A ‘good’ Bounce Rate for your business and website may well be a low or high one for others; however, the general rule of thumb is that:

  • A low rate is under 25%
  • An average rate is between 25% and 40%
  • A high rate is between 40% and 60%
  • A very high rate is anything over 60%

These rates are just guidelines and are subject to a huge number of variables. Blogs, for instance, would normally expect to see higher Bounce Rates in the region of 70-90% whilst service sites might be aiming more for 10-30%.

Knowing what is right for you and your business is key and using other, more informative, analytical tools will help you determine a suitable target.

Measuring your bounce rate

Only you will know what is a ‘good’ Bounce Rate for your business.

How Does Bounce Rate Impact SEO?

Quite simply, the Bounce Rate of a site plays no direct role in the performance of SEO. Google, and other search engines, do not use this metric to produce a ranking factor for webpages.

Don’t believe us?

Think about Wikipedia for a moment. When anyone searches Google for a single keyword, Wikipedia is usually to be found on the first page of any results. Most people who then click a link to the Wikipedia page will rarely stay on the site to search for other topics.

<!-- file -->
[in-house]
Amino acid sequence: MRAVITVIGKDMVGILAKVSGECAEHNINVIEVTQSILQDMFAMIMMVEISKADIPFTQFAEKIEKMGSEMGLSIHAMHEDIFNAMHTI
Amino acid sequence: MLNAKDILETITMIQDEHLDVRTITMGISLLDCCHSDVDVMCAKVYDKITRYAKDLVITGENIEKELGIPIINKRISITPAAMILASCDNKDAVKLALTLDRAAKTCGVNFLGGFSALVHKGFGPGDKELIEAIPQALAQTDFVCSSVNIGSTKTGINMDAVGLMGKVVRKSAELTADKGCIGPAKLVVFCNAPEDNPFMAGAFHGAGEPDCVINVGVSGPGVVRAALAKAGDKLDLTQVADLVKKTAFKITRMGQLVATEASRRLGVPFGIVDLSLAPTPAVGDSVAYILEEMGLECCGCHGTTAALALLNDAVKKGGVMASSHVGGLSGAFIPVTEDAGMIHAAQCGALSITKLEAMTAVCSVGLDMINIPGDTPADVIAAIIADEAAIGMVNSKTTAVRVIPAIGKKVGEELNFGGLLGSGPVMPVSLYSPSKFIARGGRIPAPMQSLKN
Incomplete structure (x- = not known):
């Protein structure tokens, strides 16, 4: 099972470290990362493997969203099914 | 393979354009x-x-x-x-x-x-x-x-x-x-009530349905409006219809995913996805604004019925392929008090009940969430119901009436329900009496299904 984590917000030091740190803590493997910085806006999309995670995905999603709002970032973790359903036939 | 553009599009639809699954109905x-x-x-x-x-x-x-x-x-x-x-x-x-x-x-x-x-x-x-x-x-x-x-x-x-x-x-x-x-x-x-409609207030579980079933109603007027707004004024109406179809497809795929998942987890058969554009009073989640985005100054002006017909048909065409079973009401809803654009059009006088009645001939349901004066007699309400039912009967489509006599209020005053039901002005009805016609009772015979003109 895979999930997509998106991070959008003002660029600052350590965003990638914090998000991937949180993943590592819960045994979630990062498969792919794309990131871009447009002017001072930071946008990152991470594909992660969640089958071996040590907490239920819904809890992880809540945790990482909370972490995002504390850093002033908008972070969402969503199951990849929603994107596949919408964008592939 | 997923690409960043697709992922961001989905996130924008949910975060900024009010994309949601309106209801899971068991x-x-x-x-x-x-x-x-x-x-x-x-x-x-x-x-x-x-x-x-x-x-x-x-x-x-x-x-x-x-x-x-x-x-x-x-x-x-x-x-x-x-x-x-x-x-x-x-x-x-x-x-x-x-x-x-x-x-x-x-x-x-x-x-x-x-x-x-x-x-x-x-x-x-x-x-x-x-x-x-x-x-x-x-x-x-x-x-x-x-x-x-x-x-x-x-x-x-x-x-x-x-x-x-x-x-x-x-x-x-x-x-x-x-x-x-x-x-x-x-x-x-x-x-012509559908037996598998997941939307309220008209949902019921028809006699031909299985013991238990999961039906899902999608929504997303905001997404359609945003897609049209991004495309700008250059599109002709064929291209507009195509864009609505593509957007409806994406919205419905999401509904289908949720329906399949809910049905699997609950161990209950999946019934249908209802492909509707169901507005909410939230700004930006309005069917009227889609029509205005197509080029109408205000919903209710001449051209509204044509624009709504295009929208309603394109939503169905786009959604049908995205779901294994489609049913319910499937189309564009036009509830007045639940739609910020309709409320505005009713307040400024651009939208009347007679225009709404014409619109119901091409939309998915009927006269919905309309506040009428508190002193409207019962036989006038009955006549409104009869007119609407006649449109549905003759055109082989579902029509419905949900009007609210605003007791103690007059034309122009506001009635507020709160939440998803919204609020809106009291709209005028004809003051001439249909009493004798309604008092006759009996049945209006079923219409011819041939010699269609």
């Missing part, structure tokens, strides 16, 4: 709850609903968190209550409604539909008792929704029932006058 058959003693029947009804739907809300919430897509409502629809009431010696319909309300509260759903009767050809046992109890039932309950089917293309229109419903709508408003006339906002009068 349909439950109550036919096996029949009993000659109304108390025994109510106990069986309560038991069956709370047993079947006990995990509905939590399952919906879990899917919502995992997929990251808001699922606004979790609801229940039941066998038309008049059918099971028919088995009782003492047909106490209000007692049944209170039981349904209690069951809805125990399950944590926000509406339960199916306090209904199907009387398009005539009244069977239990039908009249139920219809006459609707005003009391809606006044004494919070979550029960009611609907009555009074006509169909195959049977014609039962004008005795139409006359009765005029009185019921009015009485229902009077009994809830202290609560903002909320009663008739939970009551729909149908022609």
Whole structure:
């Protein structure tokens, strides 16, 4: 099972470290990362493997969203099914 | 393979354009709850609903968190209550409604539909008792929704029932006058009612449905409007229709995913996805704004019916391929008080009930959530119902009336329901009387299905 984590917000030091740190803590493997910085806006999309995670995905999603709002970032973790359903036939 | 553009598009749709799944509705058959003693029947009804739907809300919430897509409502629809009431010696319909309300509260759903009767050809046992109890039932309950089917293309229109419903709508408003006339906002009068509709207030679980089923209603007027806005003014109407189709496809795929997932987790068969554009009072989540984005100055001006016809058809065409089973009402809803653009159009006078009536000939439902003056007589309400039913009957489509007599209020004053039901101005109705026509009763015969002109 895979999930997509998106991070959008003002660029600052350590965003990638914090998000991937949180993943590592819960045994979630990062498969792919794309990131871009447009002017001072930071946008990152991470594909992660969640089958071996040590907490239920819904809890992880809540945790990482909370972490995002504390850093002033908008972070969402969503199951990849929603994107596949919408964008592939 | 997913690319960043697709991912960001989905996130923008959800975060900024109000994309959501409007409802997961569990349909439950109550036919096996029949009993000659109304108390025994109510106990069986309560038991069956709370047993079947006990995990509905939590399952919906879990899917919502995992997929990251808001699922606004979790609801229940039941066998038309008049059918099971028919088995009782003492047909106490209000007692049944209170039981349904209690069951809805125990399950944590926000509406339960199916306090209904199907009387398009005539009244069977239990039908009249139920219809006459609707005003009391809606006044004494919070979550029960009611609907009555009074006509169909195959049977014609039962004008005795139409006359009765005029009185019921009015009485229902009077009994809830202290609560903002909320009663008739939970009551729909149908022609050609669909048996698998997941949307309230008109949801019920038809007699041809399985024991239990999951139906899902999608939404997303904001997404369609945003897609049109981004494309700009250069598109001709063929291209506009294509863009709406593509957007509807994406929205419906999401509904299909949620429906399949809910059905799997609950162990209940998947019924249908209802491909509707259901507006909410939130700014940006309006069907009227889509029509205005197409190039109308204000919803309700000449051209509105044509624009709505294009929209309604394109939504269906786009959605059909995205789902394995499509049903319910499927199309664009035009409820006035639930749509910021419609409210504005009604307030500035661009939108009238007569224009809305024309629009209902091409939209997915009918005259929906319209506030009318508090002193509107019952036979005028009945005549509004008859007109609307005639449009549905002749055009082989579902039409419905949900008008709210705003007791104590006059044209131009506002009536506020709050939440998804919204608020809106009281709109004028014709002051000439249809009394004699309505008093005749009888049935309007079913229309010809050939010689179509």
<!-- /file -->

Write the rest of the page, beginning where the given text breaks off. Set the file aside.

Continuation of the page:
As a result, most of the content on this hugely popular site has a high bounce. Wikipedia has one of the highest domain authorities on the web and certainly loses no visitors as a result.

Before you get too comfortable with the idea that Bounce Rates do not impact SEO, they can offer some insight into negative factors which could be more damaging. A high rate could indicate that your website:

  • Is slow.
  • Is not optimised for mobile.
  • Is not designed well
  • Does not return the content users expect.

If this is the case then all of these factors could have a very significant, and hugely negative, impact on your SEO.

Use Bounce Rates alongside traditional analytics to find out the full story behind single-page sessions. If a high rate is coupled with a short Dwell Time then you could be looking at a more serious situation.

Does high bounce rate mean slow website

A high Bounce Rate could indicate poor page loading speeds.

Bounce rate and its impact on SEO is a key consideration but there is a whole lot more to consider and other factors that may impact your SEO results. For those interested, here you can find a detailed guide providing our most essential SEO tips to increase your Google ranking, covering aspects ranging from ‘search intent’ to delivering continual improvement.

Opace and SEO

Opace is a digital marketing agency based in the West Midlands that offers a comprehensive selection of services designed to help its clients achieve SEO success. As well as understanding the need for engaging and creative content coupled with dynamic and streamlined website design, we know how to achieve measurable performance online.

Get in touch today to find out more about our services and to speak to one of our team.


Image Credits: Dave Murphy/Flickr, Chris Griffith/Flickr, Rizkyharis/Wikipedia and ary74/Pixabay